Officials from several countries “mostly representing the United States” have visited Iran lately, the spokesman for the Islamic Republic’s Supreme National Security Council was quoted as saying by Iranian state television on May 23 amid the standoff between Tehran and Washington.
Keyvan Khosravi did not elaborate, but the foreign minister of Oman, a country which in the past has helped open the way for negotiations between Iran and the US, visited Tehran on May 20.
“Without exception, the message of the power and resistance of the Iranian nation was conveyed to them [the visiting officials],” Khosravi said.
Citing the “economic war” the US is waging against Iran in its bid to reshape Tehran’s approach to the Middle East, the Iranian leadership has ruled out negotiating with the Trump administration, choosing instead to emphasise that the path of “resistance” is the way forward. Reiterating that stance, the National Security Council spokesman said: “There will not be any negotiations between Iran and America.”
Tensions have spiked between Tehran and Washington in the past month because of a number of US moves including sending more military forces to the Middle East, designating Iran’s Islamic Revolutionary Guard Corps (IRGC) as a foreign terrorist organisation and launching a drive to push Iran’s lifeline oil exports to zero.
Also on May 23, US media were reporting that Pentagon officials were scheduled to brief senior members of Donald Trump’s national security team on a plan that could send 5,000 extra troops to the Middle East.
IRGC rhetoric this week has included senior officers saying US forces would be "obliterated" if Washington attempted any "adventurism".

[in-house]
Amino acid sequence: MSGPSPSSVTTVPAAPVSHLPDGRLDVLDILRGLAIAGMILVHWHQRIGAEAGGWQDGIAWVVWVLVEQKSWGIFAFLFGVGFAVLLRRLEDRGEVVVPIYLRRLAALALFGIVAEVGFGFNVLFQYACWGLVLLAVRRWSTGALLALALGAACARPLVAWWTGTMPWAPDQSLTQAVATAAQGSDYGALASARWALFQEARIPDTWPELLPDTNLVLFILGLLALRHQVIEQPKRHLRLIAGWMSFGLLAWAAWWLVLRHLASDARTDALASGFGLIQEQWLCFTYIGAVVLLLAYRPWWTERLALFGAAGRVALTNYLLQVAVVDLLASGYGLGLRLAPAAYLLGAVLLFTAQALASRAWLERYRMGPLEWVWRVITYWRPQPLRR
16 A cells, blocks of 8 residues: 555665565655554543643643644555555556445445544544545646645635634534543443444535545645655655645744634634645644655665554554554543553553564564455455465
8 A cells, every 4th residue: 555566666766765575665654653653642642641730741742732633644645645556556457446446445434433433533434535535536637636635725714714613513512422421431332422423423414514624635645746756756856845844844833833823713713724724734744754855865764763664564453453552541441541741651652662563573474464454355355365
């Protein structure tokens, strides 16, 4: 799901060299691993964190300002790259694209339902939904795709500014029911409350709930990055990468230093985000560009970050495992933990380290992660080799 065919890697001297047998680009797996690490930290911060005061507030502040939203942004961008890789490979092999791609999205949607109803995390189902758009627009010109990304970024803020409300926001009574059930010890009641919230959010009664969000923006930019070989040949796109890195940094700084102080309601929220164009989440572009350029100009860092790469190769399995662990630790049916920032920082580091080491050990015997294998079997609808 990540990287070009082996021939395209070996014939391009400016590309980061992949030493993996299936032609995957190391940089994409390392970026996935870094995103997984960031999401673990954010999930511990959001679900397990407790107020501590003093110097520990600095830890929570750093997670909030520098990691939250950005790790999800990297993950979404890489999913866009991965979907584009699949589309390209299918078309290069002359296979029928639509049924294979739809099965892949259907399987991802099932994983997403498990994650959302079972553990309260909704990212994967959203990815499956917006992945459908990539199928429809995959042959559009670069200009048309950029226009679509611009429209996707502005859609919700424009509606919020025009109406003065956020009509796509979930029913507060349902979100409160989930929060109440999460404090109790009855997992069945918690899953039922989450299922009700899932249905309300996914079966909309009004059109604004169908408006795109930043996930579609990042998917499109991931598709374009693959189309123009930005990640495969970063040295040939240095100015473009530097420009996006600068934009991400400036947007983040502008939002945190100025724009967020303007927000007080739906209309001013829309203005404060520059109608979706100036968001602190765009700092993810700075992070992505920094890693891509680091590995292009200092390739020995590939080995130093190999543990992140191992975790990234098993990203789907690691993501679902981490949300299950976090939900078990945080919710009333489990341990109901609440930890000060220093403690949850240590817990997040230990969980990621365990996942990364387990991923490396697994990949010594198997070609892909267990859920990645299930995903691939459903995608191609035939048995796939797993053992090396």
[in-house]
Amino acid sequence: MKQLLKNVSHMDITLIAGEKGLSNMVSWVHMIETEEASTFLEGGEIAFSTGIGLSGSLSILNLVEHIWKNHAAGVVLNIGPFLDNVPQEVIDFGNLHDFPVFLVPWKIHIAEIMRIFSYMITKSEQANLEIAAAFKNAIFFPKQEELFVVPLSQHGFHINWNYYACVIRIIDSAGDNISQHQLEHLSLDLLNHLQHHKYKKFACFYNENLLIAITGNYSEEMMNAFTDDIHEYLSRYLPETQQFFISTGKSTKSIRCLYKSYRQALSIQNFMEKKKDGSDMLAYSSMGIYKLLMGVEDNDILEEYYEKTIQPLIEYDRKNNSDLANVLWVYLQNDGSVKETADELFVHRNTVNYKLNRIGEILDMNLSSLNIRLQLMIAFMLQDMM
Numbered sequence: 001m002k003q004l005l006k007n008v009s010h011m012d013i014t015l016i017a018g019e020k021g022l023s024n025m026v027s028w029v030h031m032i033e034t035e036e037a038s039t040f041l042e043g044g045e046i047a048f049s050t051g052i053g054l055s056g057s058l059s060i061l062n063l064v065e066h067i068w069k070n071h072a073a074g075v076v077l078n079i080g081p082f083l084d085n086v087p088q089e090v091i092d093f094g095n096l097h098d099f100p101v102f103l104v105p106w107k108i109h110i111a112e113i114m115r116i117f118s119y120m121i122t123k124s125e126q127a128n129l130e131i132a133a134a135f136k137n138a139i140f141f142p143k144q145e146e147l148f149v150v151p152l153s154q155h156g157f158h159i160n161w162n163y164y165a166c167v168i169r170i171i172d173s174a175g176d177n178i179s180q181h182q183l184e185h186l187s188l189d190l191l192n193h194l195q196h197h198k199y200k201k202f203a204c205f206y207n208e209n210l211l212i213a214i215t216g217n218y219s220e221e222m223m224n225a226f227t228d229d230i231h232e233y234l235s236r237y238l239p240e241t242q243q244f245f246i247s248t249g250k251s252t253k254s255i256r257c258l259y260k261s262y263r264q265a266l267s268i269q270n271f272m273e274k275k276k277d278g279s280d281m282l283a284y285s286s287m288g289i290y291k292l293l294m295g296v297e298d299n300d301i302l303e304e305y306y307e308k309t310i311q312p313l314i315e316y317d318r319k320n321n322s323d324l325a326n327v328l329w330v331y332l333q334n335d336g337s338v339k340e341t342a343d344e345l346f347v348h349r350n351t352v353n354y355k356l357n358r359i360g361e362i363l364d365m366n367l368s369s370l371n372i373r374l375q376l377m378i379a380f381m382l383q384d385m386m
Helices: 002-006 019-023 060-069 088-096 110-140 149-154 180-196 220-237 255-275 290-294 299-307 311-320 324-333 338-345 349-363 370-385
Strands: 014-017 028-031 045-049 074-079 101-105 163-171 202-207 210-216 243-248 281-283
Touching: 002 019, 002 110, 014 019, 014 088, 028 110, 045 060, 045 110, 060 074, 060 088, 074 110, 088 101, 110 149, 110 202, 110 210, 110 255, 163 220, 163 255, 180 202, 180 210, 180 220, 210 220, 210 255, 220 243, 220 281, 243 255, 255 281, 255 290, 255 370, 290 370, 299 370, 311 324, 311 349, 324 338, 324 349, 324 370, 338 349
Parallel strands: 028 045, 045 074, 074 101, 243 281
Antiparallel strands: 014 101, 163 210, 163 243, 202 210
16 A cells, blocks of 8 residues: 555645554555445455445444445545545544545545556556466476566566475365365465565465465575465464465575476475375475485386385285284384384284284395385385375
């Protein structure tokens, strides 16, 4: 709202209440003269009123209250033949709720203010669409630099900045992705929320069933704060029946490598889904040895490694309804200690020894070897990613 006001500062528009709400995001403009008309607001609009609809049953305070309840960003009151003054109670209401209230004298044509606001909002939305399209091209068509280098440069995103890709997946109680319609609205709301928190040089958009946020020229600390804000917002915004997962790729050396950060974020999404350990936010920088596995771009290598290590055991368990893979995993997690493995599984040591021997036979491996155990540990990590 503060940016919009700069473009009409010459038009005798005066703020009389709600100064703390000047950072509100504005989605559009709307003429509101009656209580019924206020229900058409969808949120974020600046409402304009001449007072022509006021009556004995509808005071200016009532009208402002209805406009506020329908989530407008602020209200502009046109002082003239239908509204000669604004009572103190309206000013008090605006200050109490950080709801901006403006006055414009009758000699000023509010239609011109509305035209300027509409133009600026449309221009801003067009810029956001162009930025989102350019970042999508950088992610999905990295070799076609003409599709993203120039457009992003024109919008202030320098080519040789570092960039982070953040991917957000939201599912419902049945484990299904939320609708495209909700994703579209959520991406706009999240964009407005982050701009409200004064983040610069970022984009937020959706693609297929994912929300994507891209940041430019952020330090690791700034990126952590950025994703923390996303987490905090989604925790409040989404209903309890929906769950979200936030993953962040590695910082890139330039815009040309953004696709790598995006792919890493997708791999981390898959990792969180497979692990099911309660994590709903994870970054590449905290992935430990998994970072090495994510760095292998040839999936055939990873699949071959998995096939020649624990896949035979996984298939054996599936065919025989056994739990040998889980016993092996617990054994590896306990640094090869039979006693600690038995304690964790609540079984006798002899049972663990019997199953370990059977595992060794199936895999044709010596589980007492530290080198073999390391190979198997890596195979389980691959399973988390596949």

US 'would need million soldiers'
Analysis of the situation in recent days has included Admiral Lord West, the former First Sea Lord of the British Royal Navy, assessing that US forces would need at least one million soldiers to defeat and occupy Iran, a country of 81mn people, in what could be another Iraq War-style quagmire. The 50-year navy veteran also warned “idiots” in both the US and Iran were dangerously hyping tensions.
Iran’s Fars news agency, meanwhile, on May 23 reported that Tehran told a German envoy seeking to preserve the 2015 nuclear deal that its patience was over and pressed the treaty’s remaining signatories to meet the commitments that they said they would stick to even after the US unilaterally pulled out of the accord in May last year.
Jens Ploetner, a political director in the German Foreign Ministry, met Iranian Deputy Foreign Minister Abbas Araghchi.
The UK, France and Germany, which signed the 2015 deal along with the US, China and Russia, have repeatedly said they would respond to the US exit from the deal by protecting trade. But the commitment has amounted to very little practically speaking, and, demonstrating its patience is finite, Iran has made it clear that it is edging towards a strategy that within the not too distant future could see it decide to abandon the deal.
“At the centre of the political director’s visit is the preservation of the Vienna nuclear accord [formally the Joint Comprehensive Plan of Action, or JCPOA],” a German diplomatic source told Reuters.
“After Iran’s announcement to partly suspend its commitments under the JCPOA, there is a window of opportunity for diplomacy to persuade Iran to continue to fully comply with the JCPOA.”
The JCPOA was drawn up to shield Iran from heavy sanctions in return for compliance with measures configured to stop Tehran from moving towards the development of a nuclear weapon. The remaining JCPOA signatories and UN atomic watchdog inspectors say Iran has never breached the deal. Trump says the accord is too soft as it does not address matters such as Iran’s ballistic missile programme, support for “malign” militias in conflict zones of the Middle East and ability to initiate a programme to construct a nuclear bomb once the JCPOA expires. The other signatories say these issues should be addressed separately.